Today is National Deep Dish Pizza Day! Did you know that the Italian word “pizza”, or peet-sa, as the Italians know it, actually means “pie”? Pizza is said to have originated in medieval times among peasants in the area around Naples, Italy. Originally, it was merely a paper-thin slice of bread dough baked in a hot stone oven, a pizza style often known as Sicilian. Pizza found its way to America with the arrival of Italian immigrants in the late 19th century and was very popular among large Italian populations in New York City, Chicago, Philadelphia, and Saint Louis. The origin of deep dish pizza, or Chicago-style pizza, as it is widely known, is traced back to 1943 when Pizzeria Uno on Chicago’s near north side, served up a unique variation on traditional Italian and American pizzas — a pie with a thick, coarse, crunchy crust, with the sauce on top of the cheese instead of the other way around. Who exactly gets the credit for this legendary pizza is debatable, depending on the source, but it is widely attributed to either Ike Sewell, Pizzeria Uno’s founder, or Rudy Malnati, the restaurant’s first chef.
The pizza’s foundation is simple. It uses a thick layer of dough, made with corn oil, olive oil, and flour, that is formed to a deep round pan and pulled up the sides. The pizza crust is then parbaked before the toppings are added to give it greater spring. The crust is then covered with cheese (generally sliced mozzarella) and covered with meats and/or vegetables such as Italian sausage, onions, and bell peppers. A sauce consisting of crushed or pureed tomatoes is then added. Usually this is topped with a grated cheese blend to add additional flavor. On the usual pizza, about a pound of cheese is added. Because of the amount of ingredients in this style of pizza, it is usually eaten with a knife and fork. It’s quite messy to eat with your fingers.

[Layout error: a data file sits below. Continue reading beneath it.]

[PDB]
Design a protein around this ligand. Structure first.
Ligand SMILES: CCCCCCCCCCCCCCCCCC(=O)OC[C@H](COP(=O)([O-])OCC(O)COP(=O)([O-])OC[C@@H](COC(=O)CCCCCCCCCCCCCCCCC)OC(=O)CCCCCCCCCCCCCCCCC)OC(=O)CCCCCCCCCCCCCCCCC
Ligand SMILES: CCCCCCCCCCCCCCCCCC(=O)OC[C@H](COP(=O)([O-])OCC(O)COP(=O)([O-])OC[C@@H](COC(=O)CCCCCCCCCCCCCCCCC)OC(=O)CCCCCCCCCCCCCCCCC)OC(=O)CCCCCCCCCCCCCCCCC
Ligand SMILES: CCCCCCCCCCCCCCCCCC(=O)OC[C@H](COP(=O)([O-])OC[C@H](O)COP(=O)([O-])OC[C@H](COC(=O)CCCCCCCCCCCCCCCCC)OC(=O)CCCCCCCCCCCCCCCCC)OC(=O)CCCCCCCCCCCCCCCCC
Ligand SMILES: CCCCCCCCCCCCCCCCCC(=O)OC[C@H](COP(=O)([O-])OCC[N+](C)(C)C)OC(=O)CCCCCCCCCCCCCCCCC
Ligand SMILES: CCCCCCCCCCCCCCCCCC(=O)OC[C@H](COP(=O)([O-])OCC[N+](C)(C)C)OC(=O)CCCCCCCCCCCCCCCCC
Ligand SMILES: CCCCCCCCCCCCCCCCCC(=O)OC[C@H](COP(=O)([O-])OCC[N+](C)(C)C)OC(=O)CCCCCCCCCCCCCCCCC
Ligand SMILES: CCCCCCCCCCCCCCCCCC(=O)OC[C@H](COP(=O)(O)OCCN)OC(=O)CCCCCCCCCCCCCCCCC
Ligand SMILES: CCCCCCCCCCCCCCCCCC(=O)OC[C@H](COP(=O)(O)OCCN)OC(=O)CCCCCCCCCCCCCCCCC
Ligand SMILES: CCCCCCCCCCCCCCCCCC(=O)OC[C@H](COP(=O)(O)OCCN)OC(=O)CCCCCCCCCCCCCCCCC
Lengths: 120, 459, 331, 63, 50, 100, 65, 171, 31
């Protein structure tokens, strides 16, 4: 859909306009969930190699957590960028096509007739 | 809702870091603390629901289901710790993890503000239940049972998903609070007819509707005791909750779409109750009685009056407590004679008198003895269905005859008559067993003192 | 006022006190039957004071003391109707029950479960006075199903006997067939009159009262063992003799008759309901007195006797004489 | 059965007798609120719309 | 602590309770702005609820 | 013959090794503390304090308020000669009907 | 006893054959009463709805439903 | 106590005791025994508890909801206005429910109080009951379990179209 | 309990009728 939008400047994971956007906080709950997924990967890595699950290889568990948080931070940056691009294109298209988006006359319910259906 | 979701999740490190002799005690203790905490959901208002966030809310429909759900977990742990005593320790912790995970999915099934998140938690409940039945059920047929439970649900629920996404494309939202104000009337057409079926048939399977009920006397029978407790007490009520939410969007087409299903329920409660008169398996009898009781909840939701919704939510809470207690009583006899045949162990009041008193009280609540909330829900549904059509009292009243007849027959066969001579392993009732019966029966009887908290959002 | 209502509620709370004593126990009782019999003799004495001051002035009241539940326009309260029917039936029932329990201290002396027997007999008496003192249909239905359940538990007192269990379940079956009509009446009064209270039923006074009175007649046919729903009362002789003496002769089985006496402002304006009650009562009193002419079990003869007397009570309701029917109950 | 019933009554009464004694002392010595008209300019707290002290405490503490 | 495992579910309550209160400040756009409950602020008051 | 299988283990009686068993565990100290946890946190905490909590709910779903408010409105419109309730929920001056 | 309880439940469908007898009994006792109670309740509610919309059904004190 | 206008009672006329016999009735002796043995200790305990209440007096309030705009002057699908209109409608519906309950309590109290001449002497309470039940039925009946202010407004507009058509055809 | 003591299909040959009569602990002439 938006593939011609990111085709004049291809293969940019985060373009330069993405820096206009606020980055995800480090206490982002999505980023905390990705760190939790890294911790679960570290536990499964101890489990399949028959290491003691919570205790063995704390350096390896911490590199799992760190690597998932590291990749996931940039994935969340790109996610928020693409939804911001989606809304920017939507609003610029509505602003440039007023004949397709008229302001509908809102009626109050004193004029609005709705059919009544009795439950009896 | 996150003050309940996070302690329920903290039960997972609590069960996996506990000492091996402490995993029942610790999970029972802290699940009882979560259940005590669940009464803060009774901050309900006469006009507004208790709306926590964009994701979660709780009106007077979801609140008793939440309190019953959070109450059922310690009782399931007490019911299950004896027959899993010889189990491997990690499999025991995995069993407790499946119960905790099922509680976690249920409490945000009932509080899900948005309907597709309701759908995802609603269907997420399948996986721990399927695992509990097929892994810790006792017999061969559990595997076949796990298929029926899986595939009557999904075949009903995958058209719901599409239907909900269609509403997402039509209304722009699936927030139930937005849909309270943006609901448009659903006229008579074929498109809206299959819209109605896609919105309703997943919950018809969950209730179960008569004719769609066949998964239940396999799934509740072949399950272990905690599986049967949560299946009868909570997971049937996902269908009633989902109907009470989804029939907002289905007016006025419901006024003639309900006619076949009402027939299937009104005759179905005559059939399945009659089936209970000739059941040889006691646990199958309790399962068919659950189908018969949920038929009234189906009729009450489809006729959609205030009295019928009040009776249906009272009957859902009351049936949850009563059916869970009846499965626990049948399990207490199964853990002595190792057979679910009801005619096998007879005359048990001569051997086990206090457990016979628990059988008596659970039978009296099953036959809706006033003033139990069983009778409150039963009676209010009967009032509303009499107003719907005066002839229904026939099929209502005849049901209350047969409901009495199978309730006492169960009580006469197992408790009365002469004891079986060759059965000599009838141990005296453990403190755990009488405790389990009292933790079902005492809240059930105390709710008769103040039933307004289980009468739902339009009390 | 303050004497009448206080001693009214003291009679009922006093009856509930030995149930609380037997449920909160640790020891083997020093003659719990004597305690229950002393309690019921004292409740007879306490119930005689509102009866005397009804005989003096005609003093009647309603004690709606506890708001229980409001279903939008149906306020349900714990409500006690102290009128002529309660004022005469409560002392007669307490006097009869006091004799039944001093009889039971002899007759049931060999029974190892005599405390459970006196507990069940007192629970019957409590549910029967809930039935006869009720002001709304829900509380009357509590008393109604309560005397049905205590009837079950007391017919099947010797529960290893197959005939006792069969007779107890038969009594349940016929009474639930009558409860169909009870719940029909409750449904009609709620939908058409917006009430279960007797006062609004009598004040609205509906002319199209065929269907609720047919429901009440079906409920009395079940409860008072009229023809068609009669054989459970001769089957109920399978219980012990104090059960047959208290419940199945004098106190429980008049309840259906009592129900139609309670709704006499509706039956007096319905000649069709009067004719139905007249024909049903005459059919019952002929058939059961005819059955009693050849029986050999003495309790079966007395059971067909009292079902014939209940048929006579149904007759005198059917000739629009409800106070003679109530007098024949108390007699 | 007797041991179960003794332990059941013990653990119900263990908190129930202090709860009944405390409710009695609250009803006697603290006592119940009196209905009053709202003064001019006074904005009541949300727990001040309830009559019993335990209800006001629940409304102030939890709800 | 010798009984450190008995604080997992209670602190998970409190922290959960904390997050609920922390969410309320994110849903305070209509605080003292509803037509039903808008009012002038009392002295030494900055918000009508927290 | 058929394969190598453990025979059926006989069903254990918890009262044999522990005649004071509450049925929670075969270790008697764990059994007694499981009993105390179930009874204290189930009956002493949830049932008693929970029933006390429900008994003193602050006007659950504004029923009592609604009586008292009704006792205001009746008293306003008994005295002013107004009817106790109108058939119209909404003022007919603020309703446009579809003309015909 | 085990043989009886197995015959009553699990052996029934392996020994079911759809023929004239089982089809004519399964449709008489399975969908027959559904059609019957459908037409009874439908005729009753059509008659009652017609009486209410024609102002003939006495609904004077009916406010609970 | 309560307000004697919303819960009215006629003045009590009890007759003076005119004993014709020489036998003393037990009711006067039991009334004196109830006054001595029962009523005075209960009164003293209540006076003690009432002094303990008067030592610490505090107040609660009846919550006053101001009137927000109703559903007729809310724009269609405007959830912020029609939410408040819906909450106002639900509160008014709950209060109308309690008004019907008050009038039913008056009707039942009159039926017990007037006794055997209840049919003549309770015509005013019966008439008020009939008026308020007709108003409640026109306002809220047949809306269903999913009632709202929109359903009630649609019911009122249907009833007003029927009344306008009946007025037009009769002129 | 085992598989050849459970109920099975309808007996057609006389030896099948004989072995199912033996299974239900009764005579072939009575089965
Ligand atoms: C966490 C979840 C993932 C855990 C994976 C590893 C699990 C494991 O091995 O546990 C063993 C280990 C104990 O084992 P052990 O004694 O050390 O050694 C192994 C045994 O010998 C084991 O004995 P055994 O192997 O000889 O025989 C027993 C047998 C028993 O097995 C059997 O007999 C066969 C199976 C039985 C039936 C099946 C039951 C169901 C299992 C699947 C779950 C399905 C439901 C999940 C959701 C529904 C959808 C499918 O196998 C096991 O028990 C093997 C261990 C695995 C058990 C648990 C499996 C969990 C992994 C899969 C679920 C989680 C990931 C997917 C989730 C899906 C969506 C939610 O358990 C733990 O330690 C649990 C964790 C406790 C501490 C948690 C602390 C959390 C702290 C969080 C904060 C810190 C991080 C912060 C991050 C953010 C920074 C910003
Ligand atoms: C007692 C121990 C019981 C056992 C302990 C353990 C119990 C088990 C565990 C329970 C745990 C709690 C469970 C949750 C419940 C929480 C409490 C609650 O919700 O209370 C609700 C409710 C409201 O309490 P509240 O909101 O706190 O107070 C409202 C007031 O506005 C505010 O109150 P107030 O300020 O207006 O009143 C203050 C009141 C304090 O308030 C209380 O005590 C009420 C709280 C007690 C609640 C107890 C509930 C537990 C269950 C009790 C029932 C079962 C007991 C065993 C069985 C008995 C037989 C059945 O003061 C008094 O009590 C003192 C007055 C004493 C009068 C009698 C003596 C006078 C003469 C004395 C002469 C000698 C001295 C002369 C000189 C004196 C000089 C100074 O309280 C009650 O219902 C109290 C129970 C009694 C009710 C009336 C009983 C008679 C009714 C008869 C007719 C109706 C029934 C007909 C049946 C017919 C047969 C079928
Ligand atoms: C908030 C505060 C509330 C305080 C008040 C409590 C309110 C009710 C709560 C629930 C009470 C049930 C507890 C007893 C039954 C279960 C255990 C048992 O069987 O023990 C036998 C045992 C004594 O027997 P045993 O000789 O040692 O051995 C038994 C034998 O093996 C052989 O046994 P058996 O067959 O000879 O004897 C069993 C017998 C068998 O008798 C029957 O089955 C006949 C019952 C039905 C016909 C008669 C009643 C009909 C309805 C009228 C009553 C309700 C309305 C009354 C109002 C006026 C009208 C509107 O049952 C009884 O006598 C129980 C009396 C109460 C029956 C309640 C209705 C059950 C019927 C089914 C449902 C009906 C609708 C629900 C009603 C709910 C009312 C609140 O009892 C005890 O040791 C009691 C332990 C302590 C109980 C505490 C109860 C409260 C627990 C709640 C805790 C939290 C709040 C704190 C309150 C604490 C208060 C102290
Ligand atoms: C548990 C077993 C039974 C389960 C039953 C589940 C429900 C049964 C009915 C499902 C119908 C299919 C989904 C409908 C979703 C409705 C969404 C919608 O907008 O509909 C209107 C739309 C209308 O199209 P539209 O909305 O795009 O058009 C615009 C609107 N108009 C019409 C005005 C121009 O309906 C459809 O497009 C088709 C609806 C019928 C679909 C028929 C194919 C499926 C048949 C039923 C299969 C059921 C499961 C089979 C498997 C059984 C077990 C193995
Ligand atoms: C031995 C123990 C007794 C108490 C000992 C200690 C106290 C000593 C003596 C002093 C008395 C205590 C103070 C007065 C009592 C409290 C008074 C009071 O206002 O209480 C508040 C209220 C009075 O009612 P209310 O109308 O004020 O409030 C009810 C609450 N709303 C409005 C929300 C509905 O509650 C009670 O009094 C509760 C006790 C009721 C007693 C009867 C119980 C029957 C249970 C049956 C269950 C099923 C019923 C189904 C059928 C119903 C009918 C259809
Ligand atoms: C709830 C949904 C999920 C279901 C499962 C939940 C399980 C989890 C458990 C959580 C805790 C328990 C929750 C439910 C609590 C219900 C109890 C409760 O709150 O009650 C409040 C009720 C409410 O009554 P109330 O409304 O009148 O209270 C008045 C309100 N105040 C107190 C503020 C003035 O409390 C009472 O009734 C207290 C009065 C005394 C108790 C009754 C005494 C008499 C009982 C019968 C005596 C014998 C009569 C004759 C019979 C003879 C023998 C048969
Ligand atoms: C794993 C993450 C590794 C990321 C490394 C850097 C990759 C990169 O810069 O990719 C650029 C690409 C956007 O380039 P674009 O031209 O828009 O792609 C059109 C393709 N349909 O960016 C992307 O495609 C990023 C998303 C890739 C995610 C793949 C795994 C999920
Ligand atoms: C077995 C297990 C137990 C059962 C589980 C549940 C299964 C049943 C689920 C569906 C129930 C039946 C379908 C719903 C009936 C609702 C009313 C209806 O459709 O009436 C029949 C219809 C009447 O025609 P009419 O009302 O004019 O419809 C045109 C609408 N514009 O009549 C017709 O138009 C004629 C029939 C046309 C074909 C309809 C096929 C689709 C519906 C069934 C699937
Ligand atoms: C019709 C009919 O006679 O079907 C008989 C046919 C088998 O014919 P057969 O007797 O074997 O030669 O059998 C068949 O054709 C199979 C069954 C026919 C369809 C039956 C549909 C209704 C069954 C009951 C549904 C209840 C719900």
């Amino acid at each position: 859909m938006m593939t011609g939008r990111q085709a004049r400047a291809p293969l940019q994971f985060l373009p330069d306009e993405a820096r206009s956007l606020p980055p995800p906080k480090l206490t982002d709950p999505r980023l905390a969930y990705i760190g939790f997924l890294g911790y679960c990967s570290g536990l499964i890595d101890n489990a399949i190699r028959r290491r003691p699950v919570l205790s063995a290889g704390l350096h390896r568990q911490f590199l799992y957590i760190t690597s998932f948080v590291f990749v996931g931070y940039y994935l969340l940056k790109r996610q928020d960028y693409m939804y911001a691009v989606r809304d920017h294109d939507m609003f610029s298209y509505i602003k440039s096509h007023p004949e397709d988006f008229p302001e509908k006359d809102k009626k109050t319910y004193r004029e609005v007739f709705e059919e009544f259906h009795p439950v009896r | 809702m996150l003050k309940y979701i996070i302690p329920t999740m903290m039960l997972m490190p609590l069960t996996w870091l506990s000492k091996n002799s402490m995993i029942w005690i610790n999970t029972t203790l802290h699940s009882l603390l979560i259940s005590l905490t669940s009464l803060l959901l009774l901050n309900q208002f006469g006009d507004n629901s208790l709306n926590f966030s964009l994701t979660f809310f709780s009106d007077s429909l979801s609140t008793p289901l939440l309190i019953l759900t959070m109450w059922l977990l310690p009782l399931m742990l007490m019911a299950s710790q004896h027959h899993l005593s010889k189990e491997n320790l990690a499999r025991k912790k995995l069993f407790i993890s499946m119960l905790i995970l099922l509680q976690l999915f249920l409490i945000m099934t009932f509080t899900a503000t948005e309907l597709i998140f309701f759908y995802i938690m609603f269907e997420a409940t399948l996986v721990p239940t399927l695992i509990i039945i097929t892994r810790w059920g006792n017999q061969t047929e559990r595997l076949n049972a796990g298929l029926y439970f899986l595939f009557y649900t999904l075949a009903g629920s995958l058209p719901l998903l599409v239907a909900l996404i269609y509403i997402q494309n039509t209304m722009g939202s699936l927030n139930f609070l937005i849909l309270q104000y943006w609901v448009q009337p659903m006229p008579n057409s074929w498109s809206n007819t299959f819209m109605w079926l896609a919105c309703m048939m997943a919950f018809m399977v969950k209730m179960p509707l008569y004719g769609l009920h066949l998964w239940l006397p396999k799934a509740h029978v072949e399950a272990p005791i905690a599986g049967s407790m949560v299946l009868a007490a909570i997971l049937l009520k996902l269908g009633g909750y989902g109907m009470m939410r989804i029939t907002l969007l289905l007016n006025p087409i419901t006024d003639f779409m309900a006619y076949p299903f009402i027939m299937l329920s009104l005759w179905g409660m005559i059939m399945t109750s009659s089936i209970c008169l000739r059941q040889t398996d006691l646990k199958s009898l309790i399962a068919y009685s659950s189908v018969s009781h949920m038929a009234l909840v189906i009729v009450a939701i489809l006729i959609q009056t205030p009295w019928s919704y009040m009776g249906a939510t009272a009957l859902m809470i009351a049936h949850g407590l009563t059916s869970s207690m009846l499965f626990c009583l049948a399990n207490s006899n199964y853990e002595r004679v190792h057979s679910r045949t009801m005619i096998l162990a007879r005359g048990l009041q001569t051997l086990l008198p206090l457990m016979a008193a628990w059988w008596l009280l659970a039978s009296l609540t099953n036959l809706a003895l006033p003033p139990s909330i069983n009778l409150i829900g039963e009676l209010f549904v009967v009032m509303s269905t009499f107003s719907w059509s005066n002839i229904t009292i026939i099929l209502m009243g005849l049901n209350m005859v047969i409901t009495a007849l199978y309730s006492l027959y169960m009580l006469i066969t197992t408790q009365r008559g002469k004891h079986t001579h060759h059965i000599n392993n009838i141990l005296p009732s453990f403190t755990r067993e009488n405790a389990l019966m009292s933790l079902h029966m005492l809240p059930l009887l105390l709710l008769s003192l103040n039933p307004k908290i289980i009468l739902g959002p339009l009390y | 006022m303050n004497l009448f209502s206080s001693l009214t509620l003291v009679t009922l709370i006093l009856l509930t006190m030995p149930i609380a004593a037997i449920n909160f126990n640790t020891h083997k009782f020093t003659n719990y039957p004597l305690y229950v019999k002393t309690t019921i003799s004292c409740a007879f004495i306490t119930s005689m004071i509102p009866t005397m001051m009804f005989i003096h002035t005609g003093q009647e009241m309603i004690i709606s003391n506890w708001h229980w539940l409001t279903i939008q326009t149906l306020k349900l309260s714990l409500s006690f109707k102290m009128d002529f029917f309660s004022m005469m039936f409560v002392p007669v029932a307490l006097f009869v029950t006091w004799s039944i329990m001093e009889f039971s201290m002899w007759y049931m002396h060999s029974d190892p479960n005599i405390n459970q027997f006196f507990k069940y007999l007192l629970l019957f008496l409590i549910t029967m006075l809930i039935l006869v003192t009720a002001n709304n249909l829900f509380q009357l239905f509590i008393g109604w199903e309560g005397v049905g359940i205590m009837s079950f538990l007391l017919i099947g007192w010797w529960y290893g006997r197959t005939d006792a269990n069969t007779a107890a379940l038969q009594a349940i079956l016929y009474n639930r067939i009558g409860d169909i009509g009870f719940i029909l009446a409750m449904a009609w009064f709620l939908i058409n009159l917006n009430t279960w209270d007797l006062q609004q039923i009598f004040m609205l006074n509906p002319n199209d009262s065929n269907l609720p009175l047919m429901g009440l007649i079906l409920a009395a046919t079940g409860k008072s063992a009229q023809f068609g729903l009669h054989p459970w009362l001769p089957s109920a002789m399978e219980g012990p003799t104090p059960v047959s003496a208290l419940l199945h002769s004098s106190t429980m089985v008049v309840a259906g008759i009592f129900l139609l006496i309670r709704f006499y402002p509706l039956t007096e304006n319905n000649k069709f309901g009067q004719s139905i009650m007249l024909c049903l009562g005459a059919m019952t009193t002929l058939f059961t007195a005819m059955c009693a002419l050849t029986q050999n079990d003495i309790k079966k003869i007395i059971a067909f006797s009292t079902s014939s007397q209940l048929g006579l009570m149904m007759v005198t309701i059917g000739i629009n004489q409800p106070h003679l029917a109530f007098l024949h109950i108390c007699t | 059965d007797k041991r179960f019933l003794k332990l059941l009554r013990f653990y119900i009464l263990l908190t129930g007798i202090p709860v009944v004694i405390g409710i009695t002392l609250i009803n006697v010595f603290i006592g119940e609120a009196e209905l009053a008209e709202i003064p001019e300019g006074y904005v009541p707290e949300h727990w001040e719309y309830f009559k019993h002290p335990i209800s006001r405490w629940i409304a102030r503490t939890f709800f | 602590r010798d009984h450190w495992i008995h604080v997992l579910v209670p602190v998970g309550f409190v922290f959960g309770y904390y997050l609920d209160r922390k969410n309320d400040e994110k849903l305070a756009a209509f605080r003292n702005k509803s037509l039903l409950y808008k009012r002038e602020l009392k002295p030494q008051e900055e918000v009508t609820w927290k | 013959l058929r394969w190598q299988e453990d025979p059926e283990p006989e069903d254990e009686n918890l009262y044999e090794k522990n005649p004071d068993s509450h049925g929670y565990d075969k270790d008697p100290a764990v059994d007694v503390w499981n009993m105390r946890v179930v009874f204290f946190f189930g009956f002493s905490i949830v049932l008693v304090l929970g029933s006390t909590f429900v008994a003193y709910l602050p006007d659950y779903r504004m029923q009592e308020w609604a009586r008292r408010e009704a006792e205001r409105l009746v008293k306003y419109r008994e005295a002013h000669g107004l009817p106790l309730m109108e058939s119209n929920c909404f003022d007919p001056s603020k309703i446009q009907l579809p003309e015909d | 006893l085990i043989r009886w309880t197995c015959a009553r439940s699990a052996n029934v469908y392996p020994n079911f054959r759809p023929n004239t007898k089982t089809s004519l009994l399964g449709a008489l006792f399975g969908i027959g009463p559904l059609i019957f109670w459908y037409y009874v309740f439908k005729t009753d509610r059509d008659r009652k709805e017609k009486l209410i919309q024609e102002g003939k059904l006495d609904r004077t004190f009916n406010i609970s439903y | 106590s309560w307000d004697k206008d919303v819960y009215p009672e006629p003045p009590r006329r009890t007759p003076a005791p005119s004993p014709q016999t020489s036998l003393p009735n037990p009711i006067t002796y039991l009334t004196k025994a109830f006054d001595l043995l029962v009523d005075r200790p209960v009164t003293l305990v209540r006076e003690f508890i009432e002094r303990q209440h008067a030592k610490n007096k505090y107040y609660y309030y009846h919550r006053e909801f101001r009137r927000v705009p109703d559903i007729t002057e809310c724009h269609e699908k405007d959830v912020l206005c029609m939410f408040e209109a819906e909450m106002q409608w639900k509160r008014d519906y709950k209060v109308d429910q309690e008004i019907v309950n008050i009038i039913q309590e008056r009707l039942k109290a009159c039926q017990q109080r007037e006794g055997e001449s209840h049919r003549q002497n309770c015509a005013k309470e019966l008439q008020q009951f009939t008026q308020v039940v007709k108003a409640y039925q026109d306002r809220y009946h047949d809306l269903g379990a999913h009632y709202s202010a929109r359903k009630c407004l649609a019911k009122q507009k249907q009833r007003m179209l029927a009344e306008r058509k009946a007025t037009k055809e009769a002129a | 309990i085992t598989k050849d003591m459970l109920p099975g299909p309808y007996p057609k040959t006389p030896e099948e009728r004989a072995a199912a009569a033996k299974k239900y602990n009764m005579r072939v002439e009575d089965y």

Ordinarily deep dish pizza is baked in a very hot oven or a special pizza oven, but did you know you can make delicious deep dish pizza on the grill? The Big Green Egg company, makers of the incredible domed kamado style Big Green Egg cooker/griller, the design of which is modeled on the clay cooking vessels first seen during the Chinese Qin Dynasty and then used by the Japanese beginning in the 3rd century, makes a Deep Dish Pizza/Baking Stone, a pie-plate type dish that is not only suitable for deep dish pizza, but also quiche, cinnamon rolls, and lasagna! The stone distributes heat for even baking and browning, and retains heat so efficiently that your foods conveniently remain warm longer.
Already own a Big Green Egg? Click here for their deep dish recipe using the pizza stone! Don’t have an Egg? Come on in to one of our stores and take a look at this versatile device that leaves you asking, is is a cooker? a grill? an oven? a smoker? The answer… YES!
Traditionally deep dish pizza is layered with cheese and sausage, but you can put anything you like on your pizza… so leave us a comment and let us know, what is your favorite pizza topping?
Cooking on charcoal offers many rewards for the outdoor grilling aficionado. The subtly smoky flavor complements most foods, from sweet to savory, and cannot be matched by other fuels. Plus, there is a certain primal satisfaction in cooking over a hardwood fire that transcends the taste of the food alone.